Referring to FIG. 2, the garment shell of FIG. 1 is shown in the open condition. The shoulder straps 4 and 5 connect the front and back portions 2 and 3, and form a head opening 12. The back portion 3 includes an inner layer 13 and an outer layer 14 forming a pocket 15 therebetween. A body armor panel (not shown) may be placed in the pocket 15. The inner layer has a lower section 16 partially overlaid by an upper section 17. An opening is provided between the overlaid sections. A pair of mating separable fasteners 18 and 19 are provided on opposite sides of the overlaid sections to maintain the sections in a closed condition. For illustrative purposes, the separable fasteners 18 and 19 are Velcro™ strips, which ease fastening and unfastening the opening. While Velcro™ strips are shown, other separable fasteners could be used with the present invention, for example, snaps or zippers.
The front panel 2 is similar to the back panel 3, having a pair of fabric layers 20 and 21 between which a protective body armor panel 22 is disposed (shown in phantom). The inner fabric layer has similar overlaid sections 23 and 24, having a pair of mated fasteners 25 to maintain the sections in a closed condition. The inner layer also includes a pair of side fasteners 26 and 27 along opposing lower sides thereof. Preferably, these fasteners are Velcro™ strips.
The back panel 3 has a pair of straps 28 and 29 which are engagable to form a belt. Each strap has a fastener, 30 and 31 respectively, provided at the ends thereof. Each fastener is of sufficient length to allow adjustment to conform to the waist of the user.
Referring to FIG. 3, the straps 28 and 29 are shown in the engaged position, with the fasteners 30 and 31 in contact. When the straps 28 and 29 are engaged, a pair of side fasteners 32 and 33 are exposed which are matable to the side fasteners 26 and 2 from the front panel. The side fasteners 32 and 33 are provided on the outer layer of the back panel. Thus, to don the garment shell, the front and back portions would be draped over the body, with the front portion placed over the chest. The straps 25, 29 would be fitted snugly to the waist and the fasteners 26 and 27 would be mated with the fasteners 32 and 33. The back panel is thus attached to the body using a belt which firmly retains the garment to the body even when the front panel is loosely draped across the chest. Preferably, Velcro™ strips are used as the fastening devices to allow rapid removal of the vest if necessary without fumbling with straps, buckles, clips or other attachment means.
Referring to FIG. 4, the vest is shown as it would be utilized when ventilation is desired to increase comfort. The fasteners 26 and 27 would be disengaged from the fasteners 32 and 33, yet the belt would securely hold the garment shell to the person's body. Thus the front panel, being draped over the person's chest maintains the front panel body armor in a position to protect the chest. If necessary, the side fasteners would be engaged to provide a neat appearance. Since the garment simulates the appearance of a uniform shirt, the officer can maintain a professional appearance yet maximize protection and comfort. Also, if necessary the garment can be removed quite easily. If the officer is wearing a uniform shirt beneath this garment, he can operate free of the vest without having to disrobe. Similarly, the garment can be quickly applied over a shirt if necessary. This quick on and off feature overcomes a major inconvenience with previous body armor positioned beneath a uniform shirt and should increase the utilization of such garments.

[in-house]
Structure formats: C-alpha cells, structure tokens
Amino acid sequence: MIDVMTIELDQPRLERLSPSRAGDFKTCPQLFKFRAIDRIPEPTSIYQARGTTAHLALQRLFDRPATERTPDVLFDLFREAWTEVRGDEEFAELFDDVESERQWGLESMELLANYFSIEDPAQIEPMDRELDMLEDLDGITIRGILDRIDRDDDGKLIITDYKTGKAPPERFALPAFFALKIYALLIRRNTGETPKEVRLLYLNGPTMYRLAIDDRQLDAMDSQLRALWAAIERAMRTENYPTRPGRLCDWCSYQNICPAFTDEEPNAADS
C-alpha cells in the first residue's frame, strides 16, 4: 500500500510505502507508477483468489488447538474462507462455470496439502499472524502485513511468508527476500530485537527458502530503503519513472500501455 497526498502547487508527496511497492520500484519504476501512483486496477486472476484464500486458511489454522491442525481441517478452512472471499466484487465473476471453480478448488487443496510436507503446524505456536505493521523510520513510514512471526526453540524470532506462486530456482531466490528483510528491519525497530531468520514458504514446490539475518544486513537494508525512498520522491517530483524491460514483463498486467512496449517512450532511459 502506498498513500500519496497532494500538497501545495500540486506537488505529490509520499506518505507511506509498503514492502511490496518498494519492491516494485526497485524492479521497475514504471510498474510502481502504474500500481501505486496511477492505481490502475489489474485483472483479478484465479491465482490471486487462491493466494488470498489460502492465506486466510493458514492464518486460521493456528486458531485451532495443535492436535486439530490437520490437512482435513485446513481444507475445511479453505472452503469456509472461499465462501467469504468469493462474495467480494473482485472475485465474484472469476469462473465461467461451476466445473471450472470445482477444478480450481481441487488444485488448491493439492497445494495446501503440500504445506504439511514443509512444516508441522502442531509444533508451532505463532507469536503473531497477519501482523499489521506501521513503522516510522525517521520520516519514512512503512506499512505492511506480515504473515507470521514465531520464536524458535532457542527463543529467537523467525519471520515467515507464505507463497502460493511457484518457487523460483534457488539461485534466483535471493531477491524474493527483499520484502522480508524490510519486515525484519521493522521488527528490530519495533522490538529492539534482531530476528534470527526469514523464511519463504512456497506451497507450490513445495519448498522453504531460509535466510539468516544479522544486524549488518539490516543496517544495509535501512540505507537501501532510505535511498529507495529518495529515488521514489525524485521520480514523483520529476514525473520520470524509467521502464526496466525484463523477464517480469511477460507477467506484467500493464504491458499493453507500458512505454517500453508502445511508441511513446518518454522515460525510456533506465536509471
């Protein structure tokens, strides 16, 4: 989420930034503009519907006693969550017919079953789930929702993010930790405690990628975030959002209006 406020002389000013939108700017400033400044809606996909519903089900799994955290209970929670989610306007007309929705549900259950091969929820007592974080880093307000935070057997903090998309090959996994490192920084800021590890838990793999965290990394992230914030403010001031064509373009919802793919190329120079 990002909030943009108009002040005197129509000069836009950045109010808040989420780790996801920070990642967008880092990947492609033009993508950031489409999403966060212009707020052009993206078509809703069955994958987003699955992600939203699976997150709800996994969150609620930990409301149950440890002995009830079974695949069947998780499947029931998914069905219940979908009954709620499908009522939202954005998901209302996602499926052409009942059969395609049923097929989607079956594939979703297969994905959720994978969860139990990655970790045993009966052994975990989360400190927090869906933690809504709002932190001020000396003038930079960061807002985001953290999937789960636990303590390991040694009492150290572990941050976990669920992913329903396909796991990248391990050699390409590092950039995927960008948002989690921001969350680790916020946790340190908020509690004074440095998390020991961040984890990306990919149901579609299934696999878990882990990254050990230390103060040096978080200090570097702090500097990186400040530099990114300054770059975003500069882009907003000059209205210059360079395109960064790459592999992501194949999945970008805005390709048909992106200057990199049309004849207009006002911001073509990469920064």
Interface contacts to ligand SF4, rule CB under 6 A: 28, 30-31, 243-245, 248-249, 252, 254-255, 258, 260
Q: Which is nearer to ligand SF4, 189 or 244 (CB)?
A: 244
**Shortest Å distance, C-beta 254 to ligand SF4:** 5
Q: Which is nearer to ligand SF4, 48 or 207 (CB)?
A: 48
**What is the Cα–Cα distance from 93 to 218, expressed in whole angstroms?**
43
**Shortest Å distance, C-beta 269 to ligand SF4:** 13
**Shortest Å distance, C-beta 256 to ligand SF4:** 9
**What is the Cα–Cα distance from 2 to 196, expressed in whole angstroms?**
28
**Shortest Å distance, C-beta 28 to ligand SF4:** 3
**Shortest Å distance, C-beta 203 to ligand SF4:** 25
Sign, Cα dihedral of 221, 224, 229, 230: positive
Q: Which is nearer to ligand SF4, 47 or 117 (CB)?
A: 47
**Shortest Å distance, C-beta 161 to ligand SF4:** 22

Utilizing a lightweight garment which simulates a uniform shirt for holding protective body armor panels increases the ease with which body armor can be donned or doffed. In addition, protection is maximized as the protective body armor panels are still concealed from view. Since the officer's comfort is maximized, the utilization of protective body armor shall be greatly increased. Also, since body armor is known to be particularly uncomfortable in hot weather, the ability to loosen the front panel and allow ventilation should significantly increase comfort and again enhance utilization.
While preferred embodiments of the present invention have been shown and described it will be understood by those skilled in the art that various changes and modifications could be made without varying from scope of the present invention. For example while a particular simulated official garment has been disclosed, it will be understood by those skilled in the art that various other simulated garment features could be provided in place of those shown and still be within the scope of the present invention.
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|U.S. Classification||2/2.5, 2/92|
|Oct 22, 1990||AS||Assignment|
Owner name: POINT BLANK BODY ARMOR, INC., 185 DIXON AVENUE, AM
Free format text: ASSIGNMENT OF ASSIGNORS INTEREST.;ASSIGNORS:STONE, RICHARD;HAND, DAVID R.;REEL/FRAME:005494/0635
Effective date: 19901017
|Dec 3, 1992||AS||Assignment|
Owner name: CHEMICAL BANK, NEW YORK
Free format text: SECURITY INTEREST;ASSIGNOR:POINT BLANK BODY ARMOR L.P. F/K/A PBBA ACQUISITION LIMITED PARTNERSHIP;REEL/FRAME:006314/0666
Effective date: 19921119
Owner name: POINT BLANK BODY ARMOR L.P. F/K/A PBBA ACQUISITI
Free format text: ASSIGNMENT OF ASSIGNORS INTEREST.;ASSIGNOR:POINT BLANK BODY ARMOR, INC;REEL/FRAME:006314/0661
Effective date: 19921119
|Aug 1, 1995||REMI||Maintenance fee reminder mailed|
|Dec 24, 1995||LAPS||Lapse for failure to pay maintenance fees|
|Feb 27, 1996||FP||Expired due to failure to pay maintenance fee|
Effective date: 19951227
|Apr 6, 2007||AS||Assignment|
Owner name: LASALLE BUSINESS CREDIT, LLC, AS AGENT, ILLINOIS
Free format text: SECURITY AGREEMENT;ASSIGNOR:POINT BLANK BODY ARMOR, INC.;REEL/FRAME:019122/0743
Effective date: 20070403